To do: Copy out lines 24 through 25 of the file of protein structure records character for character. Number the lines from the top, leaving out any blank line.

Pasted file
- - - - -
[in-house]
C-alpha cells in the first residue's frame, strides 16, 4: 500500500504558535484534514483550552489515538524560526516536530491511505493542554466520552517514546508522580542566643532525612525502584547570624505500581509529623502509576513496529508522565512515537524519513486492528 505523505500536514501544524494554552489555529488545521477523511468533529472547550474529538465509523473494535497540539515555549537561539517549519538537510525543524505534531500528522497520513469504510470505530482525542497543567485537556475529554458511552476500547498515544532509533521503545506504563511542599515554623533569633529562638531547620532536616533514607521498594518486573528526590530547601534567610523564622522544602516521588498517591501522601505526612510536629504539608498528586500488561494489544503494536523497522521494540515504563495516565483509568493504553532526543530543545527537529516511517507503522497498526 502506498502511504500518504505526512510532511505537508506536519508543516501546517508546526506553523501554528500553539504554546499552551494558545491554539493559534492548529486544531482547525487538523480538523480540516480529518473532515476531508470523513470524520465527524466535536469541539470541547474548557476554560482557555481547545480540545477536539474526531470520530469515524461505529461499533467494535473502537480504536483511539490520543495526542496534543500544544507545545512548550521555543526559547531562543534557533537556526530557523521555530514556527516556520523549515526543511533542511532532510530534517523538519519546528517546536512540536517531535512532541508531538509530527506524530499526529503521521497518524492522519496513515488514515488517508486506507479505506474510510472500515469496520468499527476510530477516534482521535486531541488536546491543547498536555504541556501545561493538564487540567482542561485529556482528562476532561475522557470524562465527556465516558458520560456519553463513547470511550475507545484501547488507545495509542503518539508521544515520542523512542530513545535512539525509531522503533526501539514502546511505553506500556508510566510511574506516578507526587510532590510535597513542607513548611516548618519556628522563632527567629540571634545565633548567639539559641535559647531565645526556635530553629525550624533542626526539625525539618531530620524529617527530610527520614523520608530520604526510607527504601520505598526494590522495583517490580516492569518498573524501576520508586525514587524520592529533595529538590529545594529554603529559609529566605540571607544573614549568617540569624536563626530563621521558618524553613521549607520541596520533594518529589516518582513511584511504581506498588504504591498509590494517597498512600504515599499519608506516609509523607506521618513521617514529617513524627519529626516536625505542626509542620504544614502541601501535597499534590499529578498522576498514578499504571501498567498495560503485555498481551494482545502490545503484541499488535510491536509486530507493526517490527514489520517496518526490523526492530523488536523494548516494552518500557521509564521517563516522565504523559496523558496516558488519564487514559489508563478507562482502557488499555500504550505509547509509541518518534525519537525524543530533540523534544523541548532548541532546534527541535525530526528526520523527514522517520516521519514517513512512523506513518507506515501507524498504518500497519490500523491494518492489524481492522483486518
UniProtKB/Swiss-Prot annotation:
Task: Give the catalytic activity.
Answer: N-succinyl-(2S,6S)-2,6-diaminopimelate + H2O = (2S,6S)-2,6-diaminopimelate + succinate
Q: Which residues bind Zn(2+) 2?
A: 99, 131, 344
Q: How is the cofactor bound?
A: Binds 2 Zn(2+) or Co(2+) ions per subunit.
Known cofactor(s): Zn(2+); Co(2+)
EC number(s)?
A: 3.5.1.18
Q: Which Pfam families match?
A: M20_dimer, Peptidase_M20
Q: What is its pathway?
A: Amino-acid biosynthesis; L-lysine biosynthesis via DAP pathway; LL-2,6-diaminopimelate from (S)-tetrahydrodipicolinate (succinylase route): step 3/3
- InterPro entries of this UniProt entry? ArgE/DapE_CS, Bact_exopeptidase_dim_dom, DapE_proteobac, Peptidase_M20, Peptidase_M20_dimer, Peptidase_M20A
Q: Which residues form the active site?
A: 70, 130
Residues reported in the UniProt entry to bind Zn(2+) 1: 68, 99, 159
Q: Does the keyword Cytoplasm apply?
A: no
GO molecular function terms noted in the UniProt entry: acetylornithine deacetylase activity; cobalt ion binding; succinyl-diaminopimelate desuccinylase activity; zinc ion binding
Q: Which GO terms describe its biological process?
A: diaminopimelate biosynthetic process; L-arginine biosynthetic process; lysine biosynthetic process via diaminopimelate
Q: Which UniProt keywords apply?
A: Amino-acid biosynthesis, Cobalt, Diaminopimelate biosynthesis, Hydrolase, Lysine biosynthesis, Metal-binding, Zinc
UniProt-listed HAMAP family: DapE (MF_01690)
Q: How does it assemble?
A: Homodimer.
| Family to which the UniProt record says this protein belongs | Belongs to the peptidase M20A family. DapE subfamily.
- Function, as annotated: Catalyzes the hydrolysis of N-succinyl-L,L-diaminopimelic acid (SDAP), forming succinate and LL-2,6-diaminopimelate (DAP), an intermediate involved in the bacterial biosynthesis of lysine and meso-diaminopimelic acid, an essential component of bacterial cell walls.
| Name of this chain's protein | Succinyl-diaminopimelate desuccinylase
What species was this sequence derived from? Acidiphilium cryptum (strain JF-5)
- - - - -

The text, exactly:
Q: Which GO terms describe its biological process?
A: diaminopimelate biosynthetic process; L-arginine biosynthetic process; lysine biosynthetic process via diaminopimelate